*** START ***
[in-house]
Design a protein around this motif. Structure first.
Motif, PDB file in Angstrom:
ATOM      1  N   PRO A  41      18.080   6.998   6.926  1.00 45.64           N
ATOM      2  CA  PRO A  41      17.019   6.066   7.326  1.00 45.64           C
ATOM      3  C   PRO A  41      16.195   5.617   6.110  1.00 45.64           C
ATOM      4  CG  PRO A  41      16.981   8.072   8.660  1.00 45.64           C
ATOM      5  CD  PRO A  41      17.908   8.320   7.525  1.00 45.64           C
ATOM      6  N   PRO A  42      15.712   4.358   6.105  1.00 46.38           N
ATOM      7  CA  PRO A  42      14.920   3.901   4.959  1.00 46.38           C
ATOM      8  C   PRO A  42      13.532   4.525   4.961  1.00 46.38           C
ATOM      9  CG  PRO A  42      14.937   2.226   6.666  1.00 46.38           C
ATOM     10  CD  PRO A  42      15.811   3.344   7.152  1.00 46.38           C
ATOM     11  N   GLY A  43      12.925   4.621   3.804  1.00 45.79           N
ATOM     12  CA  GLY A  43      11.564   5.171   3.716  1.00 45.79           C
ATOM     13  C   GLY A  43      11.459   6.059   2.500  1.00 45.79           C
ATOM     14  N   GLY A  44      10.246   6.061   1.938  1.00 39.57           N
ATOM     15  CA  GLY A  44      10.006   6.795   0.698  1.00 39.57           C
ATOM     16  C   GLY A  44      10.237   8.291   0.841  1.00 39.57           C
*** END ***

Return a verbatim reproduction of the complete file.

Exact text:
[in-house]
Design a protein around this motif. Structure first.
Motif, PDB file in Angstrom:
ATOM      1  N   PRO A  41      18.080   6.998   6.926  1.00 45.64           N
ATOM      2  CA  PRO A  41      17.019   6.066   7.326  1.00 45.64           C
ATOM      3  C   PRO A  41      16.195   5.617   6.110  1.00 45.64           C
ATOM      4  CG  PRO A  41      16.981   8.072   8.660  1.00 45.64           C
ATOM      5  CD  PRO A  41      17.908   8.320   7.525  1.00 45.64           C
ATOM      6  N   PRO A  42      15.712   4.358   6.105  1.00 46.38           N
ATOM      7  CA  PRO A  42      14.920   3.901   4.959  1.00 46.38           C
ATOM      8  C   PRO A  42      13.532   4.525   4.961  1.00 46.38           C
ATOM      9  CG  PRO A  42      14.937   2.226   6.666  1.00 46.38           C
ATOM     10  CD  PRO A  42      15.811   3.344   7.152  1.00 46.38           C
ATOM     11  N   GLY A  43      12.925   4.621   3.804  1.00 45.79           N
ATOM     12  CA  GLY A  43      11.564   5.171   3.716  1.00 45.79           C
ATOM     13  C   GLY A  43      11.459   6.059   2.500  1.00 45.79           C
ATOM     14  N   GLY A  44      10.246   6.061   1.938  1.00 39.57           N
ATOM     15  CA  GLY A  44      10.006   6.795   0.698  1.00 39.57           C
ATOM     16  C   GLY A  44      10.237   8.291   0.841  1.00 39.57           C